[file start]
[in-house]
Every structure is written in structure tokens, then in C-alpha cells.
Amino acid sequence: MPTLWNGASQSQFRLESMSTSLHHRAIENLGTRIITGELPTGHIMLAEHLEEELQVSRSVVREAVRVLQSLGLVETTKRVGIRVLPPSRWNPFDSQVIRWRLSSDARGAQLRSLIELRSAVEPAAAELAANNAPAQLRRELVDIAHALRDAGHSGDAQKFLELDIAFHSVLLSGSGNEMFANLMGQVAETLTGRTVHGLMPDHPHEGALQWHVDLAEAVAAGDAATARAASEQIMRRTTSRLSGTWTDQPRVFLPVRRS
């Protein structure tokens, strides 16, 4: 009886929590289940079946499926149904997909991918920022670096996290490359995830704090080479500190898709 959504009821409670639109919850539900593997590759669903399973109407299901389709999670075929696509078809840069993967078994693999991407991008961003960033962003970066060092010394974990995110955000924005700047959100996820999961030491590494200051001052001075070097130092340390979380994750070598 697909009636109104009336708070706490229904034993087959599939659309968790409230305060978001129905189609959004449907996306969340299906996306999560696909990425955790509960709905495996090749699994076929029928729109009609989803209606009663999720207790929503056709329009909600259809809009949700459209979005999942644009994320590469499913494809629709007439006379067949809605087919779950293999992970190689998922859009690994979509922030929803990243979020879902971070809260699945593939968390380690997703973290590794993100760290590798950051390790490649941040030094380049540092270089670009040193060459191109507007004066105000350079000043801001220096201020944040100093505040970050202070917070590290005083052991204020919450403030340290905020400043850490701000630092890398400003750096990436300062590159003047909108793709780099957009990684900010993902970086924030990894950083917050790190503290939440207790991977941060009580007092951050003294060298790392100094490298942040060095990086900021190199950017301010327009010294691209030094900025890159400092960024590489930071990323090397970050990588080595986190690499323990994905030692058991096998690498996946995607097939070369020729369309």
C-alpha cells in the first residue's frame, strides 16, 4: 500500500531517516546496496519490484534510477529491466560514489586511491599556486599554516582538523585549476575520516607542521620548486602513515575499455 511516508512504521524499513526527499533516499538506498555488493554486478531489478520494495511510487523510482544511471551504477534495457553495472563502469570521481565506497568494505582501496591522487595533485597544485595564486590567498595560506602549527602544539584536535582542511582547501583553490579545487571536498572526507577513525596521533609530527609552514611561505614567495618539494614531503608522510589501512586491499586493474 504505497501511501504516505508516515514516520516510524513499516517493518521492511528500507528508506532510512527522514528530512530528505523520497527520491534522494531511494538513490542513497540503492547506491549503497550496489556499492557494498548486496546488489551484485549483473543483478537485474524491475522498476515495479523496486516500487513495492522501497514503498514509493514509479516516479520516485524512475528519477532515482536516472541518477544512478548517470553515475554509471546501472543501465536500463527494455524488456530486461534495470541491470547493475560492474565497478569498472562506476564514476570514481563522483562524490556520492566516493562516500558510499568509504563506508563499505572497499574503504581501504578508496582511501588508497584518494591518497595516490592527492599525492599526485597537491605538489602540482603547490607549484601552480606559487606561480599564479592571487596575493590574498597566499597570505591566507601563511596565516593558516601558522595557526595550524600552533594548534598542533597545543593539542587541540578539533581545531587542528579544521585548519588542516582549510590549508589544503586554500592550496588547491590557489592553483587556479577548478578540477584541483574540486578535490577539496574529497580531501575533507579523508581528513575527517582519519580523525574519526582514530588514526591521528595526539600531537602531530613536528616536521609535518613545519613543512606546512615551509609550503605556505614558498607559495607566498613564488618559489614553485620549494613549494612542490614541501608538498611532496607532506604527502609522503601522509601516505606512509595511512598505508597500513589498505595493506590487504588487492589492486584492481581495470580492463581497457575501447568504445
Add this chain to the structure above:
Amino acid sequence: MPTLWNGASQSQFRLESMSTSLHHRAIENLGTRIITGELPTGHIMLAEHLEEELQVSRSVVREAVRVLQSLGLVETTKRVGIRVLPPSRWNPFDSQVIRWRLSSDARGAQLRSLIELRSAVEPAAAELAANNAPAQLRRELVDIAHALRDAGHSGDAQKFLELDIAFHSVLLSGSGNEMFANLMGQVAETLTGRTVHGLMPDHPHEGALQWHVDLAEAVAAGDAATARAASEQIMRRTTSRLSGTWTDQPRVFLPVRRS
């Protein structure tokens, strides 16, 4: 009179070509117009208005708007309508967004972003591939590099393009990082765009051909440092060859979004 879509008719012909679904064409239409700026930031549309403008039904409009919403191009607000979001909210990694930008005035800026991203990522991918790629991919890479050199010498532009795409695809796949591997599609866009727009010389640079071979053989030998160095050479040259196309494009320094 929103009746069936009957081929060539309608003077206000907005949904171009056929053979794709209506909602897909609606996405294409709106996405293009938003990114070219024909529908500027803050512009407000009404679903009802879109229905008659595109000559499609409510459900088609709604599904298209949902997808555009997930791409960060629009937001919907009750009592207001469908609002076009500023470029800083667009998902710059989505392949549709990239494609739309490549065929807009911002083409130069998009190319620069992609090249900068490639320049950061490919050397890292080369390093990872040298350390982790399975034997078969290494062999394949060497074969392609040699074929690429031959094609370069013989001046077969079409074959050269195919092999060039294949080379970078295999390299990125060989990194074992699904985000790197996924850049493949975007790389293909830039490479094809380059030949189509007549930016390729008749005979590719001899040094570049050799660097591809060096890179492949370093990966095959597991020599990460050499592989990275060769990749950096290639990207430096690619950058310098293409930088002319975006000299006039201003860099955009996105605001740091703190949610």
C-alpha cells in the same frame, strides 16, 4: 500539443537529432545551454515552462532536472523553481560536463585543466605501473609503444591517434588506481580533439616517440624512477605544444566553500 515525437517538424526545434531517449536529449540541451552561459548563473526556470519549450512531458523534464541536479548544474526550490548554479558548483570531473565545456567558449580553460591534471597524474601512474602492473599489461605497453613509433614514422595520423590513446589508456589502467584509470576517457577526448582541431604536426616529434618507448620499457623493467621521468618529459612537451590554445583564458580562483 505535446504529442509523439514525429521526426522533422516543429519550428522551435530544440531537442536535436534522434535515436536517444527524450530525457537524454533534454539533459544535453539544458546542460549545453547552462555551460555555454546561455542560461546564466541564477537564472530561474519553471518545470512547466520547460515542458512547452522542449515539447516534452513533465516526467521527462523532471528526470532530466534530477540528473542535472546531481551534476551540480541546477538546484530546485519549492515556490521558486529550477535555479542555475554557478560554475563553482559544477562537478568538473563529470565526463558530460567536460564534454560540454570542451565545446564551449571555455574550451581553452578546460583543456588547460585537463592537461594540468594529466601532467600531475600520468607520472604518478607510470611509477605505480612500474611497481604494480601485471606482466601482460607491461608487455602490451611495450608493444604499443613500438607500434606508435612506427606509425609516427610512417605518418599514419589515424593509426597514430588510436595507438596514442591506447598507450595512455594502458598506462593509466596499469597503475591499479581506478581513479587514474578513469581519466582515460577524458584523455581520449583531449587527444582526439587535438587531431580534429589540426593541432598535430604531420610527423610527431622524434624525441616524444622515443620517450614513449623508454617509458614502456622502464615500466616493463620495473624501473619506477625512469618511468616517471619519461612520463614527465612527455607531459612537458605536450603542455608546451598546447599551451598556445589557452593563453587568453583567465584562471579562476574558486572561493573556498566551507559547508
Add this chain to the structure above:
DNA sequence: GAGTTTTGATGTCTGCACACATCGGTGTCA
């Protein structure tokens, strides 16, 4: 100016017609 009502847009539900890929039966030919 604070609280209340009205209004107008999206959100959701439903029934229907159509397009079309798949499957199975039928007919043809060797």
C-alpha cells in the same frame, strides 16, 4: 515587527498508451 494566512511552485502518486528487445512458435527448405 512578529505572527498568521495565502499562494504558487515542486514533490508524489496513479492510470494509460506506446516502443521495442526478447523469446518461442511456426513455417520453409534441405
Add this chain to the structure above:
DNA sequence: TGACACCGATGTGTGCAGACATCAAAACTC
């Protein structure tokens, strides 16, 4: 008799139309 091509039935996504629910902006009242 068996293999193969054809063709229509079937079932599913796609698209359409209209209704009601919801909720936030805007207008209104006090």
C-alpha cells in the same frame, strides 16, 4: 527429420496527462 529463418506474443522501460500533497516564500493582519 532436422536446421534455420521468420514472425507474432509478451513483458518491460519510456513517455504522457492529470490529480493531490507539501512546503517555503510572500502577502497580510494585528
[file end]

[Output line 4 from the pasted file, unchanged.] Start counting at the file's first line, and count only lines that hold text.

């Protein structure tokens, strides 16, 4: 009886929590289940079946499926149904997909991918920022670096996290490359995830704090080479500190898709 959504009821409670639109919850539900593997590759669903399973109407299901389709999670075929696509078809840069993967078994693999991407991008961003960033962003970066060092010394974990995110955000924005700047959100996820999961030491590494200051001052001075070097130092340390979380994750070598 697909009636109104009336708070706490229904034993087959599939659309968790409230305060978001129905189609959004449907996306969340299906996306999560696909990425955790509960709905495996090749699994076929029928729109009609989803209606009663999720207790929503056709329009909600259809809009949700459209979005999942644009994320590469499913494809629709007439006379067949809605087919779950293999992970190689998922859009690994979509922030929803990243979020879902971070809260699945593939968390380690997703973290590794993100760290590798950051390790490649941040030094380049540092270089670009040193060459191109507007004066105000350079000043801001220096201020944040100093505040970050202070917070590290005083052991204020919450403030340290905020400043850490701000630092890398400003750096990436300062590159003047909108793709780099957009990684900010993902970086924030990894950083917050790190503290939440207790991977941060009580007092951050003294060298790392100094490298942040060095990086900021190199950017301010327009010294691209030094900025890159400092960024590489930071990323090397970050990588080595986190690499323990994905030692058991096998690498996946995607097939070369020729369309």